Tuesday, March 1, 2011

Banker Bonus Deferrals Won't Help

Via The Atlantic.
First, money not in bankers' hands is viewed as more worthless with each year that passes. This is a problem for regulators who hoped deferred bonuses were the answer. If all bankers care about is what they get up-front, then they'll continue to seek short-term profit and ignore long-term risk: they'll consider any deferred payments marginal anyway, so they won't care of they're lost.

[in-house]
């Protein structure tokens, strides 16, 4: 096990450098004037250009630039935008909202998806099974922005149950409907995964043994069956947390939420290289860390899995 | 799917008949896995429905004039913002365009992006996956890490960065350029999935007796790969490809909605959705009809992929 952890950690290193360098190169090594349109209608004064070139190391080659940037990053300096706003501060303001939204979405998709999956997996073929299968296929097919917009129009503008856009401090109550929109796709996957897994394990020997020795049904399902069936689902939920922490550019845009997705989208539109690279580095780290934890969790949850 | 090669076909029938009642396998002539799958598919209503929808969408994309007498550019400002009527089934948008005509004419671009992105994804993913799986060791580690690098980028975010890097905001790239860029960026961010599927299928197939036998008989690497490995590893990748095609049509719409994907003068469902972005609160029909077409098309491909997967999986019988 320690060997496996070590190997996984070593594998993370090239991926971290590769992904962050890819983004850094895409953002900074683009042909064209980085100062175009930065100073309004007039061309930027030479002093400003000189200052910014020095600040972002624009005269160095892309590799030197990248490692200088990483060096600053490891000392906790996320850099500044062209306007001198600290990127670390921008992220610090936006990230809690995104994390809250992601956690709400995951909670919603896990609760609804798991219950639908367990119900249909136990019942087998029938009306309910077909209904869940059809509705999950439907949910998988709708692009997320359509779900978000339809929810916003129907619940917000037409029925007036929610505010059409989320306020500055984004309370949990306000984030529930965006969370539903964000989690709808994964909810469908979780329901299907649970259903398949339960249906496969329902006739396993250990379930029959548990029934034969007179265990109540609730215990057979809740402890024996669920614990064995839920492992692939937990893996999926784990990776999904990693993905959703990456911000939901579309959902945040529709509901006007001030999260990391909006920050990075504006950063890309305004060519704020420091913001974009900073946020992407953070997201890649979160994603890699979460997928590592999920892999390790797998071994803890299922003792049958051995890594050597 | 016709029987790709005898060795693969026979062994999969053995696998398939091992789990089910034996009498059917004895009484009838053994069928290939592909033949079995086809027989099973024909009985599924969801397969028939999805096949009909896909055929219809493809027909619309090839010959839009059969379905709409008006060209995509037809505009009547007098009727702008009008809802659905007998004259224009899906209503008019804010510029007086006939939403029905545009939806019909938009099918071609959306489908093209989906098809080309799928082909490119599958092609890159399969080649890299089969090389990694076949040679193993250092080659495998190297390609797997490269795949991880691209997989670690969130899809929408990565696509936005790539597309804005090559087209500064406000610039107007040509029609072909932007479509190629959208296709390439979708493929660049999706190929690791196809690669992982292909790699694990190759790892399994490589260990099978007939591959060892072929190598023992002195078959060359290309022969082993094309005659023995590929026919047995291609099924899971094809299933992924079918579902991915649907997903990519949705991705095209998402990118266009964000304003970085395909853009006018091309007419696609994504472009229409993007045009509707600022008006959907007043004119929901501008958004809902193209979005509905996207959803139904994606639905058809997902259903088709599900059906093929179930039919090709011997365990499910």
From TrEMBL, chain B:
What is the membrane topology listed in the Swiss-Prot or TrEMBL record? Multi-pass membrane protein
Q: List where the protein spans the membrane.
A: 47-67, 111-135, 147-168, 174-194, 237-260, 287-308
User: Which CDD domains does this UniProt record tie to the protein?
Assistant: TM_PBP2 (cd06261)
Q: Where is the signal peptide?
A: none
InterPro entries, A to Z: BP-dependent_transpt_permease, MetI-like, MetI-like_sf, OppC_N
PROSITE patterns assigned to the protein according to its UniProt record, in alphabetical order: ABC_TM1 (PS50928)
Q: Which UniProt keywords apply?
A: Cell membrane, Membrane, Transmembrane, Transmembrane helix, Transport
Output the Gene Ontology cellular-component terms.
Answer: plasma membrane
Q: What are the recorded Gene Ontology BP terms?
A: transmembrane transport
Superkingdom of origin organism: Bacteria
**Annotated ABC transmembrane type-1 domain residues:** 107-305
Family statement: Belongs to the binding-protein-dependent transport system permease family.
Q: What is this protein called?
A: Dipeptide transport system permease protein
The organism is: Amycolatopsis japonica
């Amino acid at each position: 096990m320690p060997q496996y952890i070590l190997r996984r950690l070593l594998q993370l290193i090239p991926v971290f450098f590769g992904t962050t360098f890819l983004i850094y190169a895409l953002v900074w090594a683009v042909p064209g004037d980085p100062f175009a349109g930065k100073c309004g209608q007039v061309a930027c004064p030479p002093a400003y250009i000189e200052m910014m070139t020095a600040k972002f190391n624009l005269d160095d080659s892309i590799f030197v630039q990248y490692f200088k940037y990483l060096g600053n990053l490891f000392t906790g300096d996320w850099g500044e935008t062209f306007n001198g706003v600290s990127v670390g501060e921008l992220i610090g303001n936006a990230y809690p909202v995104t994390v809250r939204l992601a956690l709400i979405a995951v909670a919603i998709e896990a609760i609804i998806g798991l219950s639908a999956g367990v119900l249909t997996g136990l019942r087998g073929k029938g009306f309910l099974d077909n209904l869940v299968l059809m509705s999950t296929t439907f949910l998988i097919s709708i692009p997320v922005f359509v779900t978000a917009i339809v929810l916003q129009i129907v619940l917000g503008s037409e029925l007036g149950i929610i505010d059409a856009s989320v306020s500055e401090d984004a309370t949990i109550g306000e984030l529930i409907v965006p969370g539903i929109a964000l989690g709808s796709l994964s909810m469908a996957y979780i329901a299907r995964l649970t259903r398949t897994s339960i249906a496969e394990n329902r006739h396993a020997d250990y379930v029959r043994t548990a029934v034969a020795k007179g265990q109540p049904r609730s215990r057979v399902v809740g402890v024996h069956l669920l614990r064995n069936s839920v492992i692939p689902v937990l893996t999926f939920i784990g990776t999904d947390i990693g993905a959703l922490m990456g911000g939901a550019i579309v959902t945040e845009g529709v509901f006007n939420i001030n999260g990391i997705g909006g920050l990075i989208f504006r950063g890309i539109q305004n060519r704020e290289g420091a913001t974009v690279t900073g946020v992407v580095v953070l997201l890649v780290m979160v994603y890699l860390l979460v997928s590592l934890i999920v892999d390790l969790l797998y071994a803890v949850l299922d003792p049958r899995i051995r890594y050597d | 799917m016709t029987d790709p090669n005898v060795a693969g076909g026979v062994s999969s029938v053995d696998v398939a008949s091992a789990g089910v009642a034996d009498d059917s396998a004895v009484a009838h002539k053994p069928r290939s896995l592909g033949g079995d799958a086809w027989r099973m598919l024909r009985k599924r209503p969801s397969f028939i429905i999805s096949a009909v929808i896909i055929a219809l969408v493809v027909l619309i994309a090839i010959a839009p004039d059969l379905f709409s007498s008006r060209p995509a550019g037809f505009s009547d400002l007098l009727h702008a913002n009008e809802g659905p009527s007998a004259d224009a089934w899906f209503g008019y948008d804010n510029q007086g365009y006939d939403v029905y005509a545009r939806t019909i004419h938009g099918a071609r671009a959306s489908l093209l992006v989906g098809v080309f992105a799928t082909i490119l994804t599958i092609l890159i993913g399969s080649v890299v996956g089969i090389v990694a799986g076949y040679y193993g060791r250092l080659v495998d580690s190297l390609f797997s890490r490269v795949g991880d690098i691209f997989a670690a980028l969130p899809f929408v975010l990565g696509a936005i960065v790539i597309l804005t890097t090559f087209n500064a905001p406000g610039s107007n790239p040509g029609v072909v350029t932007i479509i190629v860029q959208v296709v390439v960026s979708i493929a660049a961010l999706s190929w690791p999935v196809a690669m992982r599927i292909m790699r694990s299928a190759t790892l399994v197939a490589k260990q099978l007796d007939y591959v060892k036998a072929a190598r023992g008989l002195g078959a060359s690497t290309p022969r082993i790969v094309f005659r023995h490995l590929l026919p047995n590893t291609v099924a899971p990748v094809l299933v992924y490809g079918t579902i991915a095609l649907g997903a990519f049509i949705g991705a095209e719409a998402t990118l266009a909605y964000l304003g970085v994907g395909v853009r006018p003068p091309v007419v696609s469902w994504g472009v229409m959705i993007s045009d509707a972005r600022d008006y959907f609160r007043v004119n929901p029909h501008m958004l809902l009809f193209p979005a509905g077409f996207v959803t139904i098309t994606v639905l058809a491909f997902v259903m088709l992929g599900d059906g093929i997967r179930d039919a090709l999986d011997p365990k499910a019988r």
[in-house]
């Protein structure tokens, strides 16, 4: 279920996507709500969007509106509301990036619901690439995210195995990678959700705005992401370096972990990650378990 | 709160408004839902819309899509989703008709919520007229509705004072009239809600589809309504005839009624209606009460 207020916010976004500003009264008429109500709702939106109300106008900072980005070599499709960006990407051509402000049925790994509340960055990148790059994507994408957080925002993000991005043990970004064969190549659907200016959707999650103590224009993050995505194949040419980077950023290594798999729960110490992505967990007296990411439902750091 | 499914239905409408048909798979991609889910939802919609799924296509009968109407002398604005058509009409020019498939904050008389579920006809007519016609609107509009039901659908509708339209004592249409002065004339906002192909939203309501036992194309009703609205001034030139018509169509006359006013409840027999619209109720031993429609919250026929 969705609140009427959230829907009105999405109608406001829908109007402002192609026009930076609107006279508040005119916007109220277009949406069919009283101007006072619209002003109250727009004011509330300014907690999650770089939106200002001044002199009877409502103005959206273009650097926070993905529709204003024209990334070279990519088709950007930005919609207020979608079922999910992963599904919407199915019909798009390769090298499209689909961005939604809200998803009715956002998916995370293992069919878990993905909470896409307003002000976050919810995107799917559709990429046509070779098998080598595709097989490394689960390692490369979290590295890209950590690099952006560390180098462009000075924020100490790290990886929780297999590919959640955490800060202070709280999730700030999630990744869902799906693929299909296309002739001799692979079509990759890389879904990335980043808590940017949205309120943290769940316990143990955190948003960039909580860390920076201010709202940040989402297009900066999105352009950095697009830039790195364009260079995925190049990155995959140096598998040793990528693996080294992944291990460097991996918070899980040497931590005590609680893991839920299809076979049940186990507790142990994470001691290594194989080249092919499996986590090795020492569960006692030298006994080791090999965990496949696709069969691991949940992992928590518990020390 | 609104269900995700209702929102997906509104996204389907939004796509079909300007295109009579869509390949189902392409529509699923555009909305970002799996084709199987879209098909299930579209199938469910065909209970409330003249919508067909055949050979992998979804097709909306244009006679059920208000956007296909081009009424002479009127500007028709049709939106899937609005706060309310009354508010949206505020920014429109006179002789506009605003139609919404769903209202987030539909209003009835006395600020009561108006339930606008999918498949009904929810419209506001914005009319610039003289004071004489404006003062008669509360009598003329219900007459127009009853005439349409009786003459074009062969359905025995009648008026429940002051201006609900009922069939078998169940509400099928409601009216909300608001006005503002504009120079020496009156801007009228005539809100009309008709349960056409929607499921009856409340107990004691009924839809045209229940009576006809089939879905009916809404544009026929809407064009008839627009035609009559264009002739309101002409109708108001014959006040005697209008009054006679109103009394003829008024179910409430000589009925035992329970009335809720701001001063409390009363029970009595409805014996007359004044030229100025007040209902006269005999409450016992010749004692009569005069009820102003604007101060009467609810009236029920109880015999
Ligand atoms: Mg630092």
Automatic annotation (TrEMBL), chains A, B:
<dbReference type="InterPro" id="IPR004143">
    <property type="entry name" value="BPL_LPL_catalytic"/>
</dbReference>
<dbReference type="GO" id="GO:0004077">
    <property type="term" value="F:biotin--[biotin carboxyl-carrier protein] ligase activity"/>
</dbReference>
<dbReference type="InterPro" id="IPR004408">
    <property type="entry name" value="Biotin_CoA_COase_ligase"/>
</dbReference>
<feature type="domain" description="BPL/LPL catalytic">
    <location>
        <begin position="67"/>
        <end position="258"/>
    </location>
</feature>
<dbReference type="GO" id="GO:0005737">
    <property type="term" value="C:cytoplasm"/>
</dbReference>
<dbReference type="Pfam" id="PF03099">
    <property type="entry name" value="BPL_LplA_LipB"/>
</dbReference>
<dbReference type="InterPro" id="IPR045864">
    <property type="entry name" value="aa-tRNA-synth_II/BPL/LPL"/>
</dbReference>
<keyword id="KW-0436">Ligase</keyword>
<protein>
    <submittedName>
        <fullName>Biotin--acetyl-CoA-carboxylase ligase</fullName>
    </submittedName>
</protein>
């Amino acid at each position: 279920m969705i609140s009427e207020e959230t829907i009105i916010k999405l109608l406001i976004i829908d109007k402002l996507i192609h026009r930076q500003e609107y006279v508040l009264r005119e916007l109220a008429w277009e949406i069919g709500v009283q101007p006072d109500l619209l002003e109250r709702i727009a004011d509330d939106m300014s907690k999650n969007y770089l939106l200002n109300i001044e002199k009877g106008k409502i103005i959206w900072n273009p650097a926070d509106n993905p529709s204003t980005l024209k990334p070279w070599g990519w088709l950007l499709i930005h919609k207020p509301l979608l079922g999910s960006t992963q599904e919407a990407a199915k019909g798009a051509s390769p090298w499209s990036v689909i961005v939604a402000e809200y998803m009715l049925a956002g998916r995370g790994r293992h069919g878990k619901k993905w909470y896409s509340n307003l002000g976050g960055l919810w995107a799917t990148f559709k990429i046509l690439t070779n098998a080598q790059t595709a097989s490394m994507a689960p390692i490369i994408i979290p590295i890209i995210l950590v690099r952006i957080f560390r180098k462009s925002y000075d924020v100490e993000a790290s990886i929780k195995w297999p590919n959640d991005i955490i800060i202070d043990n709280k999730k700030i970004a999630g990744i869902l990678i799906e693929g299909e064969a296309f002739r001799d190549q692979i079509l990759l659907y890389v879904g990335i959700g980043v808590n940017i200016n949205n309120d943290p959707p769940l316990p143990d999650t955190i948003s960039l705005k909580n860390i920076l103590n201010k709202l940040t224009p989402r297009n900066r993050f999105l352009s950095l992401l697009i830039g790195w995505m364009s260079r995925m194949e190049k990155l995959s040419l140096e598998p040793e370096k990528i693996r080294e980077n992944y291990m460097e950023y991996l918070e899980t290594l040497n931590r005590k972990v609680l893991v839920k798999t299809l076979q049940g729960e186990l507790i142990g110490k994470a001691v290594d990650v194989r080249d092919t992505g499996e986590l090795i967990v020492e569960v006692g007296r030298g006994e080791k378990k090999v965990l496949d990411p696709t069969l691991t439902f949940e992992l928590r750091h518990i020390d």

Second, it appears to provide a surprising observation on bankers' risk adversity when it comes to their own money. Their risk tolerance appears very low. Think about the example above where there's a 75% chance of receiving some money now or more money later. If you are more risk adverse, then you would prefer less money now, because you would not want to factor future uncertainty in as a variable for pay out. Bankers don't appear to be comfortable with the risk time poses, even though the expected value of the payout is nearly double.
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